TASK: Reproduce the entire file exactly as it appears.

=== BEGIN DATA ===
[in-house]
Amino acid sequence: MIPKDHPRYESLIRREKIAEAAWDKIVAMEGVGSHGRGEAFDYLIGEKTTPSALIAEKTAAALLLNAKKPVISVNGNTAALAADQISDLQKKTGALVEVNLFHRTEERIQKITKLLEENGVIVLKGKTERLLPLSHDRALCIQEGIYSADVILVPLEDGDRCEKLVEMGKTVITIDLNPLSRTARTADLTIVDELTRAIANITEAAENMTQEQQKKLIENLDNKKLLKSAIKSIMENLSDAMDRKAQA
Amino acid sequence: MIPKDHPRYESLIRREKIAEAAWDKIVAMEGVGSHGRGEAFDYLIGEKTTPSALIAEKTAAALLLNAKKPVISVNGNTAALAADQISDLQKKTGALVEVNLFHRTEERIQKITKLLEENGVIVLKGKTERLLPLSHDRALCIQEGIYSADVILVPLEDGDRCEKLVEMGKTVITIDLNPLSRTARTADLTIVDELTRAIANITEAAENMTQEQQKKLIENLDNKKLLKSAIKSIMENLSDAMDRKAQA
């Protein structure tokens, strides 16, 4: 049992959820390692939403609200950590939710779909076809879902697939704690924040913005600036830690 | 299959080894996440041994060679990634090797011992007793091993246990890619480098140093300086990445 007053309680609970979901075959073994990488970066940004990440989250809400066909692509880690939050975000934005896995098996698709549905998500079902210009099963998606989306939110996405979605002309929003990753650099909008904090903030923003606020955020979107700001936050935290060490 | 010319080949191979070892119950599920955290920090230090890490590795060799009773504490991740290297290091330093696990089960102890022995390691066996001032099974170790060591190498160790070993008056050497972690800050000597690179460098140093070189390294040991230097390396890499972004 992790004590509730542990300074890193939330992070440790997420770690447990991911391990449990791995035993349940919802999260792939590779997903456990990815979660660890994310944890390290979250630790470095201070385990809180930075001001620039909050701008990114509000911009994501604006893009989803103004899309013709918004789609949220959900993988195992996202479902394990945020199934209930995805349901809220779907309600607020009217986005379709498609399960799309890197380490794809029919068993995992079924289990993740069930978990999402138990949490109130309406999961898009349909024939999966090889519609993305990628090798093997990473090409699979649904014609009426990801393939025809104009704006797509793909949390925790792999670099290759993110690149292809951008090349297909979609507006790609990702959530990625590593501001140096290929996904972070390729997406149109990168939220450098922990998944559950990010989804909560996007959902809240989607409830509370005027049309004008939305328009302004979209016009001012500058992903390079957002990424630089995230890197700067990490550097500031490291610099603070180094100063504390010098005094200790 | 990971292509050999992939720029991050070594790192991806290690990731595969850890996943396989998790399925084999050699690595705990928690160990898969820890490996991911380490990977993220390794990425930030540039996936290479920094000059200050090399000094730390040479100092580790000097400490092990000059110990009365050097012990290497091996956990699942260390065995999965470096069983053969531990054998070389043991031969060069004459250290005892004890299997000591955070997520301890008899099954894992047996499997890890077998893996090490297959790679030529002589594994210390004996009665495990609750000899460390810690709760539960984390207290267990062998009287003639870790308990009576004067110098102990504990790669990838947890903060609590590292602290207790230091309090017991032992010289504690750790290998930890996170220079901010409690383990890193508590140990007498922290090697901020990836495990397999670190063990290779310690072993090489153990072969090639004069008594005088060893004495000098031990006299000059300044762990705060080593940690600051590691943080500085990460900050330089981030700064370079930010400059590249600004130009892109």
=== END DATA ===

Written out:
[in-house]
Amino acid sequence: MIPKDHPRYESLIRREKIAEAAWDKIVAMEGVGSHGRGEAFDYLIGEKTTPSALIAEKTAAALLLNAKKPVISVNGNTAALAADQISDLQKKTGALVEVNLFHRTEERIQKITKLLEENGVIVLKGKTERLLPLSHDRALCIQEGIYSADVILVPLEDGDRCEKLVEMGKTVITIDLNPLSRTARTADLTIVDELTRAIANITEAAENMTQEQQKKLIENLDNKKLLKSAIKSIMENLSDAMDRKAQA
Amino acid sequence: MIPKDHPRYESLIRREKIAEAAWDKIVAMEGVGSHGRGEAFDYLIGEKTTPSALIAEKTAAALLLNAKKPVISVNGNTAALAADQISDLQKKTGALVEVNLFHRTEERIQKITKLLEENGVIVLKGKTERLLPLSHDRALCIQEGIYSADVILVPLEDGDRCEKLVEMGKTVITIDLNPLSRTARTADLTIVDELTRAIANITEAAENMTQEQQKKLIENLDNKKLLKSAIKSIMENLSDAMDRKAQA
């Protein structure tokens, strides 16, 4: 049992959820390692939403609200950590939710779909076809879902697939704690924040913005600036830690 | 299959080894996440041994060679990634090797011992007793091993246990890619480098140093300086990445 007053309680609970979901075959073994990488970066940004990440989250809400066909692509880690939050975000934005896995098996698709549905998500079902210009099963998606989306939110996405979605002309929003990753650099909008904090903030923003606020955020979107700001936050935290060490 | 010319080949191979070892119950599920955290920090230090890490590795060799009773504490991740290297290091330093696990089960102890022995390691066996001032099974170790060591190498160790070993008056050497972690800050000597690179460098140093070189390294040991230097390396890499972004 992790004590509730542990300074890193939330992070440790997420770690447990991911391990449990791995035993349940919802999260792939590779997903456990990815979660660890994310944890390290979250630790470095201070385990809180930075001001620039909050701008990114509000911009994501604006893009989803103004899309013709918004789609949220959900993988195992996202479902394990945020199934209930995805349901809220779907309600607020009217986005379709498609399960799309890197380490794809029919068993995992079924289990993740069930978990999402138990949490109130309406999961898009349909024939999966090889519609993305990628090798093997990473090409699979649904014609009426990801393939025809104009704006797509793909949390925790792999670099290759993110690149292809951008090349297909979609507006790609990702959530990625590593501001140096290929996904972070390729997406149109990168939220450098922990998944559950990010989804909560996007959902809240989607409830509370005027049309004008939305328009302004979209016009001012500058992903390079957002990424630089995230890197700067990490550097500031490291610099603070180094100063504390010098005094200790 | 990971292509050999992939720029991050070594790192991806290690990731595969850890996943396989998790399925084999050699690595705990928690160990898969820890490996991911380490990977993220390794990425930030540039996936290479920094000059200050090399000094730390040479100092580790000097400490092990000059110990009365050097012990290497091996956990699942260390065995999965470096069983053969531990054998070389043991031969060069004459250290005892004890299997000591955070997520301890008899099954894992047996499997890890077998893996090490297959790679030529002589594994210390004996009665495990609750000899460390810690709760539960984390207290267990062998009287003639870790308990009576004067110098102990504990790669990838947890903060609590590292602290207790230091309090017991032992010289504690750790290998930890996170220079901010409690383990890193508590140990007498922290090697901020990836495990397999670190063990290779310690072993090489153990072969090639004069008594005088060893004495000098031990006299000059300044762990705060080593940690600051590691943080500085990460900050330089981030700064370079930010400059590249600004130009892109």